Riding the crest of Brazil's distributed generation wave

By
Wednesday, November 30, 2016

Blue Sol, founded in 2009, was among the first companies to operate in the micro and mini power generation market in Brazil. The company has installed almost 600 grid-connected solar systems and is looking forward to installing a whole lot more. Nelson Colaferro Jr., one of the three founding partners, spoke to BNamericas about this fast-growing sector.

BNamericas: Blue Sol began working with solar systems in Brazil even before distributed power generation regulations were introduced. How did the company originally position itself?

Colaferro Jr.: Blue Sol was created in 2009. At that time, the shareholders decided to spend the company's first year visiting countries with mature distributed power generation markets. We attended events and visited factories and installation sites. We traveled all around the world, from the US and Europe to Asia. We wanted to create a business that was sustainable in the long term, so it was necessary to see how competitive markets worked.

In 2010 and 2011 and for part of 2012, Blue Sol started to work with solar power systems that were not connected to the grid. Then, when micro and mini distributed generation became regulated in Brazil, in 2012, all of our systems were converted to operate on the Brazilian grid. Since then, we have been trying to understand and meet the demands of consumers who want to generate their own electricity.

BNamericas: How many solar power systems has Blue Sol installed so far?

Colaferro Jr.: If we only take into account those connected to the grid, we expect to reach the 600 unit mark by the end of the year.

BNamericas:  [Brazil's electric power regulator] Aneel had forecast the country could have 14,000 solar systems installed by the end of 2016, but the number is likely to be much smaller. Has demand been weaker than expected?

Colaferro Jr.: It is a fast growing market, but perhaps not as fast as some expected. Brazil has multiplied the amount of micro and mini solar systems this year. This is a quite significant number, especially in such a difficult year. In 2015, there were 1,700 plants for distributed generation connected to the grid and there will be 7,000 by December of 2016. We believe custom from residential consumers and companies that have a low or medium voltage supply, which is the most expensive, will continue to increase rapidly.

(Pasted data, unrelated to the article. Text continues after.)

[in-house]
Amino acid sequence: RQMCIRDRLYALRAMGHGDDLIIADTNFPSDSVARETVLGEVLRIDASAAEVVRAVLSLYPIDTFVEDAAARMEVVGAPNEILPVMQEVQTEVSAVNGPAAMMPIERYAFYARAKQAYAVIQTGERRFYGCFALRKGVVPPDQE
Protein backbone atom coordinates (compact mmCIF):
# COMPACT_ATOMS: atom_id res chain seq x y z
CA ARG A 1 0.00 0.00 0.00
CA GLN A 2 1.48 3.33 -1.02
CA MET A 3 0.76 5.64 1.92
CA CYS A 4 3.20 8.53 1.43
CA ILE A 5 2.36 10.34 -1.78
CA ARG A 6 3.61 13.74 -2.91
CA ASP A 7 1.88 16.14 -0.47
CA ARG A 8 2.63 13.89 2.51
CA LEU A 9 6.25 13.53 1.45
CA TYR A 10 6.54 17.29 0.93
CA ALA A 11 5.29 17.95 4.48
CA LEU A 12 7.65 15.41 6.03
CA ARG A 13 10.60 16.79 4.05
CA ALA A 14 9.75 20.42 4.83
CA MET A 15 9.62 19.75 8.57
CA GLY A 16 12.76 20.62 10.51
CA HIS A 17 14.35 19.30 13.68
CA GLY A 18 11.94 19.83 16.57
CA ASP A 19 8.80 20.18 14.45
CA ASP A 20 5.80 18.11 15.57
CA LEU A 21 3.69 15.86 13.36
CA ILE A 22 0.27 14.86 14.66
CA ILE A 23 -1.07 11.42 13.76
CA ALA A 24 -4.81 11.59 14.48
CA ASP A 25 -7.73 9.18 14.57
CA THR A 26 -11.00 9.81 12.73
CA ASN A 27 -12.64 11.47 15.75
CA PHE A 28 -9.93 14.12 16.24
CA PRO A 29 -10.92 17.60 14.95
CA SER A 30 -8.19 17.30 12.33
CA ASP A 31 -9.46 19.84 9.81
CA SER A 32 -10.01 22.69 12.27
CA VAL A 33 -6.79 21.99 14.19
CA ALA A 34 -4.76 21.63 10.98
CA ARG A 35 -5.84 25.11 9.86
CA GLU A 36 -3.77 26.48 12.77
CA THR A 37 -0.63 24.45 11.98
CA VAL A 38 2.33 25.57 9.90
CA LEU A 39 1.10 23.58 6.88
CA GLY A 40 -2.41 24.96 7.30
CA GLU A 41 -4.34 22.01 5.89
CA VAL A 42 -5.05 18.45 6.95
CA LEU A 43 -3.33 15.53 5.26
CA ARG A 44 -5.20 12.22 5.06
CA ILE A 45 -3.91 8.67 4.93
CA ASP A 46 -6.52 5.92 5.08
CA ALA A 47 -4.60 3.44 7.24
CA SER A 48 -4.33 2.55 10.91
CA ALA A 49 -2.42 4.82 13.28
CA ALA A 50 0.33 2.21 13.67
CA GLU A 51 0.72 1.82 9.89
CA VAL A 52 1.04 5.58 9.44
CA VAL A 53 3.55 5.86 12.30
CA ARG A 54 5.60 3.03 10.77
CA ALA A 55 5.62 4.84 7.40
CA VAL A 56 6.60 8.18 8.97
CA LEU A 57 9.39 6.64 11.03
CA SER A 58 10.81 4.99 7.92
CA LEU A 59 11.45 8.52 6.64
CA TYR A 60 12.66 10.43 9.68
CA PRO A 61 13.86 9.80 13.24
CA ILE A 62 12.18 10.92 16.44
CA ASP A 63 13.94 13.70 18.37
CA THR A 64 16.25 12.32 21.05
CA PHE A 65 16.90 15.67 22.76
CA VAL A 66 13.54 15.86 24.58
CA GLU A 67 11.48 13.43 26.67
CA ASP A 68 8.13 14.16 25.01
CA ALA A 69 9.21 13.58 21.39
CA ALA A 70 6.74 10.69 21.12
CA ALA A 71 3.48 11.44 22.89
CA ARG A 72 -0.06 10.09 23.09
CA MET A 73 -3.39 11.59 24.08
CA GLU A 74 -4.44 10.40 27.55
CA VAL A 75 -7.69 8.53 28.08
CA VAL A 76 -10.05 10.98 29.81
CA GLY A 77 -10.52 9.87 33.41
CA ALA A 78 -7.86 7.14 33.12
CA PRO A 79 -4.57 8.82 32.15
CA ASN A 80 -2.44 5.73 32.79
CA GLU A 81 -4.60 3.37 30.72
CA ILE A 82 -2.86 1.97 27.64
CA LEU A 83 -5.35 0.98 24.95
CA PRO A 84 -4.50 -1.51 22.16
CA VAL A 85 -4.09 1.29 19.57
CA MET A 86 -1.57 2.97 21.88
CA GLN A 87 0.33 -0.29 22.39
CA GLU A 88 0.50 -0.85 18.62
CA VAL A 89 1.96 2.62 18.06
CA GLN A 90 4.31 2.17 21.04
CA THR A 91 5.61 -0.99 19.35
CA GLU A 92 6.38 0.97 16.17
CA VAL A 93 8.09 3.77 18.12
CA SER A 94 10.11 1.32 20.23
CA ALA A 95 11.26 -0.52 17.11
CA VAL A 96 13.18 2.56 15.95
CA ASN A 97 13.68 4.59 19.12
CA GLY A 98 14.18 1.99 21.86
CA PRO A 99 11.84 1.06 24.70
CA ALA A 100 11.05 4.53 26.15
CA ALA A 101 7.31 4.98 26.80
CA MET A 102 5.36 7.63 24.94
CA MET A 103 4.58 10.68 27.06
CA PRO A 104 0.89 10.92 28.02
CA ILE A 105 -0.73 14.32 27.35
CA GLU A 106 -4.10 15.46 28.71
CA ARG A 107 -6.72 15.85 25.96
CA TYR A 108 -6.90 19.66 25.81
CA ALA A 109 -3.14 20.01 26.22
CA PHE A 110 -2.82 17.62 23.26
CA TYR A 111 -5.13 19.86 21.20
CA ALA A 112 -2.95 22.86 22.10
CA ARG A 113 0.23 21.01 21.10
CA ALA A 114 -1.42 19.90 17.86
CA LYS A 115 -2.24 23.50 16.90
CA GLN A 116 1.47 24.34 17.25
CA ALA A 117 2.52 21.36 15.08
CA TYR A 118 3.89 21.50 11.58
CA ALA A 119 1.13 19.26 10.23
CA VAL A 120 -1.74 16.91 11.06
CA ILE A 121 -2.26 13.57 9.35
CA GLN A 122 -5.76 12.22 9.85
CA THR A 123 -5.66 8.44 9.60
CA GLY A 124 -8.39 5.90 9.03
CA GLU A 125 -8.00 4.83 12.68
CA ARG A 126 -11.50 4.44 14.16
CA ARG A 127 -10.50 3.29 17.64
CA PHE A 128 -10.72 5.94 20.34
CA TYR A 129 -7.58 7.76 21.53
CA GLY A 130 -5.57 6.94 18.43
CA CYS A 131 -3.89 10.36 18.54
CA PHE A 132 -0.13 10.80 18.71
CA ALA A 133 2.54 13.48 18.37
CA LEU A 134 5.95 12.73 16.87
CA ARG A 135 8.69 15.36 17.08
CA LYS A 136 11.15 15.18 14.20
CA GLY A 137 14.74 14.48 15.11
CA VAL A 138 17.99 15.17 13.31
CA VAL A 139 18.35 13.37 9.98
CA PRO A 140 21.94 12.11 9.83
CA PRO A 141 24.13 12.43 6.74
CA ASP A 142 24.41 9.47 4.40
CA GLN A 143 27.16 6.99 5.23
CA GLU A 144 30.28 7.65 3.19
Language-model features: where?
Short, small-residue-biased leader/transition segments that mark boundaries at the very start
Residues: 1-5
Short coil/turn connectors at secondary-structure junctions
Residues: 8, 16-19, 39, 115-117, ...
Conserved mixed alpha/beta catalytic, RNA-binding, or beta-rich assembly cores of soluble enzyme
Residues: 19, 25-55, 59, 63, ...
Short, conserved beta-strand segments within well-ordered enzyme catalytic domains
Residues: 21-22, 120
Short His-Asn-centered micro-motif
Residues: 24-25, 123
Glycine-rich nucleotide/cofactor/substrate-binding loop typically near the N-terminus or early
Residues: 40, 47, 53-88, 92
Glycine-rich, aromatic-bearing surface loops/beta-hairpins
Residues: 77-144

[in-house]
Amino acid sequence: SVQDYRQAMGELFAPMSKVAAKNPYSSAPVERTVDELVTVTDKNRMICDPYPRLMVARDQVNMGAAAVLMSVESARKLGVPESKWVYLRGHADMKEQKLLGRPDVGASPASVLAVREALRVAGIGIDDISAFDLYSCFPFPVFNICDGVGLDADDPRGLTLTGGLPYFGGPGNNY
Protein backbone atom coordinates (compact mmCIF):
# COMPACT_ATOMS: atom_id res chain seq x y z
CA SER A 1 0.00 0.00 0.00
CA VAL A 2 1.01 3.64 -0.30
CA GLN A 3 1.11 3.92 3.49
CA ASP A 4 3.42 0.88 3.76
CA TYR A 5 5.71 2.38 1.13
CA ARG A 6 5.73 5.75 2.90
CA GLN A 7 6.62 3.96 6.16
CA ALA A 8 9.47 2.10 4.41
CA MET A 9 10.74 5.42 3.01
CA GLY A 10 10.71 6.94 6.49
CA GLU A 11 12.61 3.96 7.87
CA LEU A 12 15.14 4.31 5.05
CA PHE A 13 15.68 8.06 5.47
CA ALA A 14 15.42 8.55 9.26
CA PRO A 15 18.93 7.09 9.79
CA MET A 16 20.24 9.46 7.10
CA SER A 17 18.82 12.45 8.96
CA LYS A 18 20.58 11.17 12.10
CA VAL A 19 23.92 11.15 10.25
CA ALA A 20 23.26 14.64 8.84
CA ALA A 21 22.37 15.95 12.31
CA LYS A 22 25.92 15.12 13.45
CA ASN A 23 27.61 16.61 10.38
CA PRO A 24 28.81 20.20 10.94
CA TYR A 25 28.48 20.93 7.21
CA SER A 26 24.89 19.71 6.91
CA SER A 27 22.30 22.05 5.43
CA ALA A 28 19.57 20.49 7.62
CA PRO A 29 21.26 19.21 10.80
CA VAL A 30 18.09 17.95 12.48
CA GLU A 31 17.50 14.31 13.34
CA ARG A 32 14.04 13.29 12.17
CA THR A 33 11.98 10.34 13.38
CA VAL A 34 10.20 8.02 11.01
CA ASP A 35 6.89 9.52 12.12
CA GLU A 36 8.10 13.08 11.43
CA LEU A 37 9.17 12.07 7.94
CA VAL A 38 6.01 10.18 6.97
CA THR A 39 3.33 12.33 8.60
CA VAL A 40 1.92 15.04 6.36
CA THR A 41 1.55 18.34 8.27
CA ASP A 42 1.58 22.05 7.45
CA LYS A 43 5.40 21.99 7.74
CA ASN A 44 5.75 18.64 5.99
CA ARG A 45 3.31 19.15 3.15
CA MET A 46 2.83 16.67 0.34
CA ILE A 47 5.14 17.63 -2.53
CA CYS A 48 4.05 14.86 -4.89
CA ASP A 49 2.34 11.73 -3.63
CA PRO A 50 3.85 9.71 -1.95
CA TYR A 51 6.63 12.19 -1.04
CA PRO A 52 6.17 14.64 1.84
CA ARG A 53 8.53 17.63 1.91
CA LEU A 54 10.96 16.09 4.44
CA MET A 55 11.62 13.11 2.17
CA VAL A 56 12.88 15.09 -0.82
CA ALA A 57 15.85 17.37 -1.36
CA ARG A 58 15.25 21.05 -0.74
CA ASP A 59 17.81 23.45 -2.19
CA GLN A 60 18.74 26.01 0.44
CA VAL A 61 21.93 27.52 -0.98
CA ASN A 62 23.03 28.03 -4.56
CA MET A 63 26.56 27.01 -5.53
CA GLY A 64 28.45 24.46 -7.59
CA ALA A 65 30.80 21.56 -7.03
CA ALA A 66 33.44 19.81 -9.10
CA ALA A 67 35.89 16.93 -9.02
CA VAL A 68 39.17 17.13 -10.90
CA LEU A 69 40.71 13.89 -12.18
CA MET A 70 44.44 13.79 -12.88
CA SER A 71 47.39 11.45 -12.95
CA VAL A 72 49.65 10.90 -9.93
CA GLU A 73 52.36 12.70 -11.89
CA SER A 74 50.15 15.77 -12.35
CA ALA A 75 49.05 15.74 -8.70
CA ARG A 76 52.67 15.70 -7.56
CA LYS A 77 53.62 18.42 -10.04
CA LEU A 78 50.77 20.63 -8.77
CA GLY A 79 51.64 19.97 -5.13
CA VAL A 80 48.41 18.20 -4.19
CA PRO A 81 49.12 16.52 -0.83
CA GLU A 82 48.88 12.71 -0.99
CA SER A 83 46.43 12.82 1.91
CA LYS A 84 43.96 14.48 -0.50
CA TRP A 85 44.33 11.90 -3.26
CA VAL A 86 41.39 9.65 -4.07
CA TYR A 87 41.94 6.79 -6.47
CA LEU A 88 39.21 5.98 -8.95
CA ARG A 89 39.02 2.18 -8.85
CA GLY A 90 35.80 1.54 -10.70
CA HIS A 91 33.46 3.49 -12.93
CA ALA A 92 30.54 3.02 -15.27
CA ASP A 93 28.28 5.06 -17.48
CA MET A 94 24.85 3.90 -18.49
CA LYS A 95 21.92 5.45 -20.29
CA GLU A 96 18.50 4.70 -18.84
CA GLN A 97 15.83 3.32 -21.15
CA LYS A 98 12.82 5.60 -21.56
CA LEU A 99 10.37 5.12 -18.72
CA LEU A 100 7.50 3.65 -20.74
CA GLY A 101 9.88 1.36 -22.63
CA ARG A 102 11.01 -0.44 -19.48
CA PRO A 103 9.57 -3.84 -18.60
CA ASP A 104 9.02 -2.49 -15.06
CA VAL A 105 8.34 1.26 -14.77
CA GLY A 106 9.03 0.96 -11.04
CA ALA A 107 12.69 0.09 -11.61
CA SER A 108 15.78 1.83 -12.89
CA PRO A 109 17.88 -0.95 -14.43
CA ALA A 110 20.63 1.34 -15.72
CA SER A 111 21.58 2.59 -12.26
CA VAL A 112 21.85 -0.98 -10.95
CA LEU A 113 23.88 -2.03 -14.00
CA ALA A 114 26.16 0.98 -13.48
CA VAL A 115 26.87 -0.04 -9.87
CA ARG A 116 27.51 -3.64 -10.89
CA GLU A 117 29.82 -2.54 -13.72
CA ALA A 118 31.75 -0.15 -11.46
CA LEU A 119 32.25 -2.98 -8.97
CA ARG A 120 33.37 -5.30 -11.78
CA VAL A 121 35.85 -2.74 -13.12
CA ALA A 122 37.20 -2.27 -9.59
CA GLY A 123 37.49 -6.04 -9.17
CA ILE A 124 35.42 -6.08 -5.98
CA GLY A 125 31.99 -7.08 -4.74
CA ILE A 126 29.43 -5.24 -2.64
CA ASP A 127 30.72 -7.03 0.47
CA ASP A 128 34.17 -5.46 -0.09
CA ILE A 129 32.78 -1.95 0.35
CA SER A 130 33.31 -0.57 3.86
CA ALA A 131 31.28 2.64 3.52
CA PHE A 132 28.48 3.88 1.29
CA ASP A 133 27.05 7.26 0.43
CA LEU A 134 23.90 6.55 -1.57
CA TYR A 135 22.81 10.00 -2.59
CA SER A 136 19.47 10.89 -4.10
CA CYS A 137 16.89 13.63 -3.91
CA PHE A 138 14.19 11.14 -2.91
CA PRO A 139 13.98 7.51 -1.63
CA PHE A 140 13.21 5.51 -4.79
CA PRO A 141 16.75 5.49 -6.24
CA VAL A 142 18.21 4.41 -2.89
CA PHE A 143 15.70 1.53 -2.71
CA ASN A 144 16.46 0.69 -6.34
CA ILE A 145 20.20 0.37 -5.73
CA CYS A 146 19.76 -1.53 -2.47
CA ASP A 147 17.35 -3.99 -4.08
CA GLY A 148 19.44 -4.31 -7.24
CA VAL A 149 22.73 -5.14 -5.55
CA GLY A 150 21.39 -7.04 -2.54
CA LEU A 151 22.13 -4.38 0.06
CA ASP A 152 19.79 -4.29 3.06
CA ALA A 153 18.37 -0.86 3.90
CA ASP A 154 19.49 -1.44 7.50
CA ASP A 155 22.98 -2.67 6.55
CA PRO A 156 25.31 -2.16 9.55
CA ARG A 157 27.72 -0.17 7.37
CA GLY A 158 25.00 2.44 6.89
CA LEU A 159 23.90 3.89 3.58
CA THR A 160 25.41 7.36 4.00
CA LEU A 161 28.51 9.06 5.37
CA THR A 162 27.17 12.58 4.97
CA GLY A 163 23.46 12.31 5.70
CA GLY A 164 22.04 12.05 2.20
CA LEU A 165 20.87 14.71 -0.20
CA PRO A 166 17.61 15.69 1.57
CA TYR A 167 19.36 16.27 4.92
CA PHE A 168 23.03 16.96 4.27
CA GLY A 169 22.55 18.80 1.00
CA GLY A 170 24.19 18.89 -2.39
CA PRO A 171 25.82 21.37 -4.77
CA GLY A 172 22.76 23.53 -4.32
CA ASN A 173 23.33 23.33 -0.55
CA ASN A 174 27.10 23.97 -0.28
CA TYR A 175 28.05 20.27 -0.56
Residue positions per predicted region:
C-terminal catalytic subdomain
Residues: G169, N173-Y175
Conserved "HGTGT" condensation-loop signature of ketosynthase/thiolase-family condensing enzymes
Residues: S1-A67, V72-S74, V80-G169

BNamericas: What is the cost of a micro or mini solar generation system?

Colaferro Jr.: A medium-sized house, the average investment will be between 30,000 and 50,000 reais [US$8,800 and US$14,700]. For a residential consumer, it is not a small investment. So I believe many people want to produce their own energy, but they postponed the investment decision. Today, interest rates are way too high in Brazil, which has a negative impact on the decision whether to purchase. When the Brazilian economy returns to having a normal pace of growth, these people and companies will make that decision, because it's financially worth it.

BNamericas: Are there financing lines available to meet this demand?

Colaferro Jr.: Financing is a critical matter for our business. There are some lines available that create good conditions for new clients, people who want to invest in distributed generation. Or course, we would like to have more credit lines available, in conditions that could fit this market better. However, most of them are only available for legal entities, not for people. Some private banks in Brazil are already financing solar power systems for companies and people, but public banks need to create credit lines to support the development of this market.

BNamericas: Blue Sol also offers professional training in solar system installation. How many people have been trained so far?

Colaferro Jr.: When the company first started, there was a big demand for knowledge in the country. Because of that, we decided to offer professional courses. Today, more than 6,800 have taken our course in almost every Brazilian state. Many of them now work with Blue Sol in our engineering and supply area. Blue Sol is now working on a franchise program to take its professional courses to other regions of the country. The company is ready close its first franchise deals, which will be in Rio de Janeiro, Belo Horizonte, Goiânia, Brasília, Campinas,  São José do Rio Preto and in the state of Paraná.


About Nelson Colaferro Jr.

Nelson Colaferro Jr. is one of the three founding partners of Blue Sol, which as among the first companies to work with distributed generation in Brazil. He is also the president of the administrative council of Absolar, Brazil's solar power association.